When we saw our landlady in the morning and told us we were going to Science World, she said, "Oh, you're going to the golf ball." That's because the museum has a huge spherical IMAX theater on top.
The guidebooks describe this science museum as designed for the whole family, meaning its target audience is children. We spent the morning surrounded by several fieldtrip classes and we all had a great time! The How far has my cart gone? displays are grouped in small areas on common themes: Light, optics, etc., with games, computer programs and hands-on demos everywhere. Hot air balloons heated by gas flames rose above our heads, then drifted down. We spun dials to work optical illusions and made a fan blow sand to create sand dunes. All around us kids were tumbling over each other to try their own skills. We decided that many of the exhibits are best suited for high school students, but the littler ones got a taste of the results; return visits are probably common here. Some of the exhibits were out of order, but we have never been to a hands-on museum where this wasn't the case, and there were plenty of things to see and do.
There was a special exhibit on China - ancient Chinese science and modern Chinese crafts. Several displays in the main galleries showed ingenious inventions from hundreds to thousands of years ago: an early effort to fly using two kites and many rockets attached to the back of a chair (he flew but didn't survive his landing), a cart which measured the distance it traveled, another cart where the little man on top always pointed South, devices to chart the positions of the stars, and a seismograph shaped like a large jar. The outside of the jar is decorated with a series of dragon's heads. In case of earthquake, a stick inside the jar would tumble, opening the jaws of the dragon in the direction of the epicenter, and freeing a ball, which drops into the waiting mouth of a frog placed on the ground below the jar. Unfortunately for our scientific inquiries, there was no earthquake this morning.
The crafts, such as papermaking, weaving, kite making, calligraphy, were accompanied by Chinese artisans. Everywhere signs requested English-speaking The subject did not survive guests not to speak English to the artisans. So while the Chinese visitors chattered away happily with the artisans, the English speaking visitors and artisans stared dumbly at one another. We wondered whether the rule was a requirement of the Chinese government, lest their artisans learn the decadent language of American imperialism.
All of the craft work was exquisite, showing a continuation of ancient craft styles and techniques. The most impressive display (although the artist wasn't present to show how she worked) was two-sided embroidery of an exquisite fineness. Working on organza, itself so delicate it is hard to imagine needle and thread passing through, she was creating a picture of the head of a dog; the picture will look the same on both sides of the cloth. The individual silk threads were individual hairs on the dog's head.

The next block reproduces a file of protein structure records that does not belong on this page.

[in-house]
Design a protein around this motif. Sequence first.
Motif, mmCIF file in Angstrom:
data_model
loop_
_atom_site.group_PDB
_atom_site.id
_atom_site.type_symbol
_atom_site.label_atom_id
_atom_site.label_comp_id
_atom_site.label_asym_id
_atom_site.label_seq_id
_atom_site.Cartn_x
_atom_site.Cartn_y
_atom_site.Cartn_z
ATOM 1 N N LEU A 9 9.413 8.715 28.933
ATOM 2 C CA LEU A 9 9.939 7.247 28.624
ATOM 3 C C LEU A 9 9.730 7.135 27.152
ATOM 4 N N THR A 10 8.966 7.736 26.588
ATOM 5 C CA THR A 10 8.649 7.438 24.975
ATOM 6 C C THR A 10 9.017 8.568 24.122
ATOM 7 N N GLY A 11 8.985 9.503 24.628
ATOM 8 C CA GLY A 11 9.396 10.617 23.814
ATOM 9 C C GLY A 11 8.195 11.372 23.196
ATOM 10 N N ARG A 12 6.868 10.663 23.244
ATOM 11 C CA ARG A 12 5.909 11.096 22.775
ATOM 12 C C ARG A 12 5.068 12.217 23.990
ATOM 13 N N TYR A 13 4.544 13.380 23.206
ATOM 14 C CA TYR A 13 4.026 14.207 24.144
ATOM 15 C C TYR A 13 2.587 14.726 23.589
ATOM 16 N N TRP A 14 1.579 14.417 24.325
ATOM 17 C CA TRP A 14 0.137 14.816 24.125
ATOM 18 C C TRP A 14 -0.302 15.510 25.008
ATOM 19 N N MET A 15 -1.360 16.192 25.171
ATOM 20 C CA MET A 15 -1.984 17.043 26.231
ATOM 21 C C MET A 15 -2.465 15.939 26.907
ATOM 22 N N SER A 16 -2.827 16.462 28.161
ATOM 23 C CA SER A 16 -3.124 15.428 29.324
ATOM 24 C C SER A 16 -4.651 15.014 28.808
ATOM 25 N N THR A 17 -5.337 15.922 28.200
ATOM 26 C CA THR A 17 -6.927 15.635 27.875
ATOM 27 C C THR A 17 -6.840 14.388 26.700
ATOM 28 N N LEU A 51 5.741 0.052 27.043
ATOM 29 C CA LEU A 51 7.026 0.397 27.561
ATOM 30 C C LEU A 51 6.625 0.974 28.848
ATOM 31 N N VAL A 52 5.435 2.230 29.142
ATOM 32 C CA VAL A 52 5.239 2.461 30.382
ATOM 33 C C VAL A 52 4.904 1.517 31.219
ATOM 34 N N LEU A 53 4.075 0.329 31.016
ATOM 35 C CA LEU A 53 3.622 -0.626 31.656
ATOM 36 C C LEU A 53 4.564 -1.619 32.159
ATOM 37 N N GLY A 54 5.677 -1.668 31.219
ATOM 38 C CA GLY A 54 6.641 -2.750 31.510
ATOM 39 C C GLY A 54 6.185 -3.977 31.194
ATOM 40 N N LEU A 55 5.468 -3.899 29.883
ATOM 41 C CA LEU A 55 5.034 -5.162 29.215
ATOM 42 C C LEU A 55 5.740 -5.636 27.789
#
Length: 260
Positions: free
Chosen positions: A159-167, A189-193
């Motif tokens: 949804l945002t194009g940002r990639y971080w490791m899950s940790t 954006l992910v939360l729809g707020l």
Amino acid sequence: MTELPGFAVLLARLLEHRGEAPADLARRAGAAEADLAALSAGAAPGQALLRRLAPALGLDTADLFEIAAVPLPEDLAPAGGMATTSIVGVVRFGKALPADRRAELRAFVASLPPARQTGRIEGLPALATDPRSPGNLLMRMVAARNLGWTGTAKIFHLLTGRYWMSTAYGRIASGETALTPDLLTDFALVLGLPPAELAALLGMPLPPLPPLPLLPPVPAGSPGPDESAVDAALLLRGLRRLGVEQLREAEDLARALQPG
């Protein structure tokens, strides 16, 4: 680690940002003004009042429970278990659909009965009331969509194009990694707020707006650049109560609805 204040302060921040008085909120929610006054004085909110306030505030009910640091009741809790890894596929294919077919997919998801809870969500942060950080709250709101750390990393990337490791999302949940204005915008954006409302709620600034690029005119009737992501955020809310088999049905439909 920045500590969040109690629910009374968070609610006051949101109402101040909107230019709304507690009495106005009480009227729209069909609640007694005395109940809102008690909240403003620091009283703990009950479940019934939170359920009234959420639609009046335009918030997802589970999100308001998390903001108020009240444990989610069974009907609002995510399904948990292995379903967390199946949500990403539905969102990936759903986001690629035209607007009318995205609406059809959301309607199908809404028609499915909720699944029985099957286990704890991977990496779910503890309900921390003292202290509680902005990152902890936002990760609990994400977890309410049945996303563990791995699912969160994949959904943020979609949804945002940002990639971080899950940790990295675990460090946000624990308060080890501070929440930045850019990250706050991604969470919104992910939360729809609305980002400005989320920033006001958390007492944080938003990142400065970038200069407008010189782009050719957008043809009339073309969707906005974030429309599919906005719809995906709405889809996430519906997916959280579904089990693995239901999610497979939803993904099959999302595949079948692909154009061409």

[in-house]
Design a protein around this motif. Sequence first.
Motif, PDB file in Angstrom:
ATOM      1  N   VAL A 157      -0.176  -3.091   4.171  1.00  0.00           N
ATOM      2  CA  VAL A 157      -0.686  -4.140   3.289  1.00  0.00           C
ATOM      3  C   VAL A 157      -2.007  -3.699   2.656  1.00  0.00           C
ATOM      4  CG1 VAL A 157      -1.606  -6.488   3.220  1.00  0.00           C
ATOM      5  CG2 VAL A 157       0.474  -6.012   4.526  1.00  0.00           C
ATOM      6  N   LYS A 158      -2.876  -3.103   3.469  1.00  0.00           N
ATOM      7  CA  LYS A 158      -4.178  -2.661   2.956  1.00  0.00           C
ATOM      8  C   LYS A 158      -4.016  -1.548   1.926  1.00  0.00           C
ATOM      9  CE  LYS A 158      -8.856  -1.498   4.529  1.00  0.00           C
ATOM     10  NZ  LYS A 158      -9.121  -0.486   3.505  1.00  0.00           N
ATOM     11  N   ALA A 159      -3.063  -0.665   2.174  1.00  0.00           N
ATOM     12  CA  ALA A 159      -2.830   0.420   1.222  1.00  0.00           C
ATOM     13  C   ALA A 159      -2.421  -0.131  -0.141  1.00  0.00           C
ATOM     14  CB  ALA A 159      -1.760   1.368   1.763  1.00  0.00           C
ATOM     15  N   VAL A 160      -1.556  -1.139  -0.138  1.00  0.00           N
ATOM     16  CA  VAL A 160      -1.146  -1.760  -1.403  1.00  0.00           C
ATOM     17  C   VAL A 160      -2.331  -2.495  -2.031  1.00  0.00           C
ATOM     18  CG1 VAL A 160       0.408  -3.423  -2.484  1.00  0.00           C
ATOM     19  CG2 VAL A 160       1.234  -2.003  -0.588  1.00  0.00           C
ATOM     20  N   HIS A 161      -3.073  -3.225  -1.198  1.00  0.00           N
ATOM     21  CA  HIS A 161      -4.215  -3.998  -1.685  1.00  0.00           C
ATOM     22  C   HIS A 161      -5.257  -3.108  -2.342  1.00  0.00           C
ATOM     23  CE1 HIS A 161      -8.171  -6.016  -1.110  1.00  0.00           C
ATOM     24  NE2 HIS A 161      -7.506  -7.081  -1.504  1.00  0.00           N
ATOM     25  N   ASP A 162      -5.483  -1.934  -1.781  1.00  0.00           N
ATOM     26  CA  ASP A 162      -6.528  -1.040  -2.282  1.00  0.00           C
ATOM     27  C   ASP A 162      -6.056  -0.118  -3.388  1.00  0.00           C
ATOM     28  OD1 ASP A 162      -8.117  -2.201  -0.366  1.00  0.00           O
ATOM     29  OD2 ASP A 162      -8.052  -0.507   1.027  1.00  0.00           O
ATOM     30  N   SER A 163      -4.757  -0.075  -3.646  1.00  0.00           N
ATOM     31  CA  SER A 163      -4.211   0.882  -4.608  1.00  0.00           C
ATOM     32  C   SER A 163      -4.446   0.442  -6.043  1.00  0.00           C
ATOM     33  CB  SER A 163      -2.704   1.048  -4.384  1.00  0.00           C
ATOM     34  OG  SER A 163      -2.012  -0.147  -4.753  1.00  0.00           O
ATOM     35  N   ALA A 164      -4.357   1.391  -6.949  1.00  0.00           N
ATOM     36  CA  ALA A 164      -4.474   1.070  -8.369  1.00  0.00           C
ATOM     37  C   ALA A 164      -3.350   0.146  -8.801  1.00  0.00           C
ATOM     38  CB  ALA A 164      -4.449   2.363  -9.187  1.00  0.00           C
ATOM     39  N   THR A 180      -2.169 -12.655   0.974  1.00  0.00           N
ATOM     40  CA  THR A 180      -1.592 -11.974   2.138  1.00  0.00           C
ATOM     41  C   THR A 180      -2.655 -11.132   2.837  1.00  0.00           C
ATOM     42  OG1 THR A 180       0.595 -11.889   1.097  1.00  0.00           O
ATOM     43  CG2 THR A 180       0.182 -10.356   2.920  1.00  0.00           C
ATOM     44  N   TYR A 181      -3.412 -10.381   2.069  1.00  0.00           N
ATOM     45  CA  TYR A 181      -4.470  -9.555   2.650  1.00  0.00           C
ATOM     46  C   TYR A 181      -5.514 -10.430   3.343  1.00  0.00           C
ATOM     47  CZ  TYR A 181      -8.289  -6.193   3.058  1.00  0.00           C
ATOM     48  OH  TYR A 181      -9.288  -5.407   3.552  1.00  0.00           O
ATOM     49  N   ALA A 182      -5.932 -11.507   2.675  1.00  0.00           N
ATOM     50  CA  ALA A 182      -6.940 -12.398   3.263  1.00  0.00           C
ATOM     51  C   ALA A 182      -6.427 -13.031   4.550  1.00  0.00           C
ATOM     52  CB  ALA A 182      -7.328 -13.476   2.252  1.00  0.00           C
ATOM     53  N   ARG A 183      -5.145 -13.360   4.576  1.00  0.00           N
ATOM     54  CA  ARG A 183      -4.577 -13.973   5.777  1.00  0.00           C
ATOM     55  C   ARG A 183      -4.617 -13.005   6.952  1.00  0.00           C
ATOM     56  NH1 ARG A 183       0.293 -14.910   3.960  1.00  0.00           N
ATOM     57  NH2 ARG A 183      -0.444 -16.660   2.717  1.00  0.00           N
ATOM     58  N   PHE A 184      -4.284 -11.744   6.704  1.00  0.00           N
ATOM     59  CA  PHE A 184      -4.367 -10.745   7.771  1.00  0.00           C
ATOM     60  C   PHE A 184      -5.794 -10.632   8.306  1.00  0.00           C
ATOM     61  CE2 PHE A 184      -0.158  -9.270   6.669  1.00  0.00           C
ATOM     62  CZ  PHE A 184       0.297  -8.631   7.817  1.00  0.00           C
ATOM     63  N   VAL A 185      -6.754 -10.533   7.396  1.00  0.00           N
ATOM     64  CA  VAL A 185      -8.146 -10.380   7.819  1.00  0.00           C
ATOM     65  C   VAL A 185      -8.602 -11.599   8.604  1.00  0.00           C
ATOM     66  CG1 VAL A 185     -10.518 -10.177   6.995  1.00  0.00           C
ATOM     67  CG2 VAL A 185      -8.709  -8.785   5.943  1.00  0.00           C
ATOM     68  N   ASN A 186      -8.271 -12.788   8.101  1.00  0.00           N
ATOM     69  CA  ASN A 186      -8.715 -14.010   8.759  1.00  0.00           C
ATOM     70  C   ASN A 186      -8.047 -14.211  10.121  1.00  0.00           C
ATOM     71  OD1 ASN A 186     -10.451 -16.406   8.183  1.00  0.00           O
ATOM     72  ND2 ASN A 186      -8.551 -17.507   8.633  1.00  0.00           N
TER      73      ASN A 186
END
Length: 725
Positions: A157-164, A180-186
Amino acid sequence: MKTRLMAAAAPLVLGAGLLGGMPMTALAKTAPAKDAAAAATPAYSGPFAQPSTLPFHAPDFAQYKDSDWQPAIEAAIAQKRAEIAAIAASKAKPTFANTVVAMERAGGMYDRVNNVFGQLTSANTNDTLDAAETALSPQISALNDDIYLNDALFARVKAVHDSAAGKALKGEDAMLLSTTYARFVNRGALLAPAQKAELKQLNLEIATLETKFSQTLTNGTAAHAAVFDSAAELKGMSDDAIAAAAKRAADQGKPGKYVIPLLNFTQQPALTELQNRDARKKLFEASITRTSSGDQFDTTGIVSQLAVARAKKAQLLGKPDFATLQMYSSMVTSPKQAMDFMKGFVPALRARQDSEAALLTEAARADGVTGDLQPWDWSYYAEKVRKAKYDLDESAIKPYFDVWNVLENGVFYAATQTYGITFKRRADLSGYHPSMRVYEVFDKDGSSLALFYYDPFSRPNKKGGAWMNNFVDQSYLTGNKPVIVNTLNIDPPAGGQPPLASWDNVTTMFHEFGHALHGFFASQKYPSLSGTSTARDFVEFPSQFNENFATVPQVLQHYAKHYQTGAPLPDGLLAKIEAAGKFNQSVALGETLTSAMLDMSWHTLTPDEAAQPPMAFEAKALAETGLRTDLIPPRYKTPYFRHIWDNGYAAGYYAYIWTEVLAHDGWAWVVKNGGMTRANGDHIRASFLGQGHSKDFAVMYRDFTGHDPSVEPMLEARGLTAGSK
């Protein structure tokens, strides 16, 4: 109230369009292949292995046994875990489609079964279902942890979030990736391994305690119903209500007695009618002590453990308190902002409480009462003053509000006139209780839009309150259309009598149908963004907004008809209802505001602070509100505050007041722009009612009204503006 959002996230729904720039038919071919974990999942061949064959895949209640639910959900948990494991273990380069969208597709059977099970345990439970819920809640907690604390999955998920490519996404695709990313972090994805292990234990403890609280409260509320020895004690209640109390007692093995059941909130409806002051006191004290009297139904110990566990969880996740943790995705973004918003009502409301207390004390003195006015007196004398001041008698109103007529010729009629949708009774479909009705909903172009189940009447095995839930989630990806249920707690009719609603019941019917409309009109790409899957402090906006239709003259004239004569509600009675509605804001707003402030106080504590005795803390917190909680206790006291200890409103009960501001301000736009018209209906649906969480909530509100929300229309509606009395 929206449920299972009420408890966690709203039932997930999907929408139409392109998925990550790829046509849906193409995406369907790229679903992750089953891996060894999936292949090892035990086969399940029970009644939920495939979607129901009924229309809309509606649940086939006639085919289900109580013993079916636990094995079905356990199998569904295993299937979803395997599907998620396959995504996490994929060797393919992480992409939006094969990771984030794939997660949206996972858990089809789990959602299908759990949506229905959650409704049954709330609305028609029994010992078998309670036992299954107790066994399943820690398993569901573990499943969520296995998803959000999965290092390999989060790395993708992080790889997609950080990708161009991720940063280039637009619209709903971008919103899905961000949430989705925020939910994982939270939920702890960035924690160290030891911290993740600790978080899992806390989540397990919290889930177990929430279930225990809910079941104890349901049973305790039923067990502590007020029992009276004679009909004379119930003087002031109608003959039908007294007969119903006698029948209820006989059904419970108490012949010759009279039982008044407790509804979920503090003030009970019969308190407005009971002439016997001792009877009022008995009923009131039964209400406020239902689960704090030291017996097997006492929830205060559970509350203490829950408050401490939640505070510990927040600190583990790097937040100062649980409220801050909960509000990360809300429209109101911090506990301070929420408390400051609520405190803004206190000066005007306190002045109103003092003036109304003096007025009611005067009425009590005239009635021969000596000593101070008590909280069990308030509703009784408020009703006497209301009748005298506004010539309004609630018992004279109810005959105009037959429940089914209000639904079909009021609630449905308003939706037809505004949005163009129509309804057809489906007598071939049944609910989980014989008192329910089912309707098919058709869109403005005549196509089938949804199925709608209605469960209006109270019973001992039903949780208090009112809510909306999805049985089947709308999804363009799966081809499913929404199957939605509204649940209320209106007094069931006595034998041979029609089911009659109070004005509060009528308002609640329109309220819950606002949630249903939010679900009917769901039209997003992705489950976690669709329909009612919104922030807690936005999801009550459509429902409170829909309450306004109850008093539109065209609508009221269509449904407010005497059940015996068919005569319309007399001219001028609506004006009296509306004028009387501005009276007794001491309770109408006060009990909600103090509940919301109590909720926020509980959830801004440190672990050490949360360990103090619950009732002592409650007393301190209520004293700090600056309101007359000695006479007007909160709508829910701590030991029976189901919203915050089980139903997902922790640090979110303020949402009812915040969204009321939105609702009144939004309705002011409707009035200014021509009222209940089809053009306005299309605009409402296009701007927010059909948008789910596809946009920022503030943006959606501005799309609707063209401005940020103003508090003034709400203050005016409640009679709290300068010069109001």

Often our visits to museums leave us with burning questions. In this museum, a question was raised by the difference between the modern hands-on science world and the display of ancient advanced Chinese science. We reflected on the political change that swept over China and somehow stunted the growth of Chinese science around the fifteenth century, while western science started from a position of relative ignorance and then advanced rapidly. We also reflected on the spirit of eager experimentation, creative thinking and open communication reflected by modern western science versus the resistance the Chinese government now shows to open inquiry (e.g. internet restrictions.) Will the brilliance of Chinese minds be opened up to new scientific breakthroughs?
We walked a long circular ramp to the IMAX theater, where we viewed a film, done by a Japanese crew with the cooperation of the Chinese government. The story was from the point of view of a young Toronto violinist who moves to Shanghai and decides to tour the Yangtse River one summer. An artistic sidewalk
The Yangtse is the largest river in Asia, and goes through some incredible country. Many settlements along the river are inaccessible by road, resulting in isolated ethnic groupings.
The largest urban area in the world is along the Yangtse, as is the largest Buddha, carved deep in the face of cliffs bordering the river. The largest dam and power plant in the world is under construction, scheduled to complete in 2008. The Chinese need the power, as most of the images showed the people using manual labor instead of the machines that are used in the west.
Perhaps the most interesting scene was of a musical concert, with a full range of Chinese instruments and vocalists. We realized we have a long way to go to learn to appreciate this music; we cannot even recall the melodies. We wondered how much this is due to our inexperience with the Chinese musical scale and how much to the lack of ABAB theme and repetition so common in western music. (We're showing our ignorance.)
On the way home we found a great vegetarian restaurant next to the library. We had two dishes, one Italian style, the other Mexican; both were yummy.